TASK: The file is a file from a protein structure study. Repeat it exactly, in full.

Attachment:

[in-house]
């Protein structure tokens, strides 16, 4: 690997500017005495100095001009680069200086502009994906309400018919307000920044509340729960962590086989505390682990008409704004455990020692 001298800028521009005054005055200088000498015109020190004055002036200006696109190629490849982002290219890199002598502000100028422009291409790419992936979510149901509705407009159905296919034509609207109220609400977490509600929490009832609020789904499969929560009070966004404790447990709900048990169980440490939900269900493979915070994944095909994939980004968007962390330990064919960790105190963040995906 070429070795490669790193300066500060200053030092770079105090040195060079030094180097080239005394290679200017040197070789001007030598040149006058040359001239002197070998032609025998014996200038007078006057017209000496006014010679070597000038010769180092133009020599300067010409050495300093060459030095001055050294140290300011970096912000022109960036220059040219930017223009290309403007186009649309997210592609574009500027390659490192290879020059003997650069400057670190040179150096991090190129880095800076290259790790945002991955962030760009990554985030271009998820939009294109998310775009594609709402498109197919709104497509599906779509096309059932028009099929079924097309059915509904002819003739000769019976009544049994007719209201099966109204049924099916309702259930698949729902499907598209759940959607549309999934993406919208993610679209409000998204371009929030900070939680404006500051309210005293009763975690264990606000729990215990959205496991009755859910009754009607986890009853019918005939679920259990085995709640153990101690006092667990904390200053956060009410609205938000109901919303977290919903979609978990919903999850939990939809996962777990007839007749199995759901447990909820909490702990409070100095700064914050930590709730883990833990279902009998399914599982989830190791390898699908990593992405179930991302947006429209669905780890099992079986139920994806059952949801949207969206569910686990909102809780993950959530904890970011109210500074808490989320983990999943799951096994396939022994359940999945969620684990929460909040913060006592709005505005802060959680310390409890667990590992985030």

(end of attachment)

[in-house]
């Protein structure tokens, strides 16, 4: 690997500017005495100095001009680069200086502009994906309400018919307000920044509340729960962590086989505390682990008409704004455990020692 001298800028521009005054005055200088000498015109020190004055002036200006696109190629490849982002290219890199002598502000100028422009291409790419992936979510149901509705407009159905296919034509609207109220609400977490509600929490009832609020789904499969929560009070966004404790447990709900048990169980440490939900269900493979915070994944095909994939980004968007962390330990064919960790105190963040995906 070429070795490669790193300066500060200053030092770079105090040195060079030094180097080239005394290679200017040197070789001007030598040149006058040359001239002197070998032609025998014996200038007078006057017209000496006014010679070597000038010769180092133009020599300067010409050495300093060459030095001055050294140290300011970096912000022109960036220059040219930017223009290309403007186009649309997210592609574009500027390659490192290879020059003997650069400057670190040179150096991090190129880095800076290259790790945002991955962030760009990554985030271009998820939009294109998310775009594609709402498109197919709104497509599906779509096309059932028009099929079924097309059915509904002819003739000769019976009544049994007719209201099966109204049924099916309702259930698949729902499907598209759940959607549309999934993406919208993610679209409000998204371009929030900070939680404006500051309210005293009763975690264990606000729990215990959205496991009755859910009754009607986890009853019918005939679920259990085995709640153990101690006092667990904390200053956060009410609205938000109901919303977290919903979609978990919903999850939990939809996962777990007839007749199995759901447990909820909490702990409070100095700064914050930590709730883990833990279902009998399914599982989830190791390898699908990593992405179930991302947006429209669905780890099992079986139920994806059952949801949207969206569910686990909102809780993950959530904890970011109210500074808490989320983990999943799951096994396939022994359940999945969620684990929460909040913060006592709005505005802060959680310390409890667990590992985030």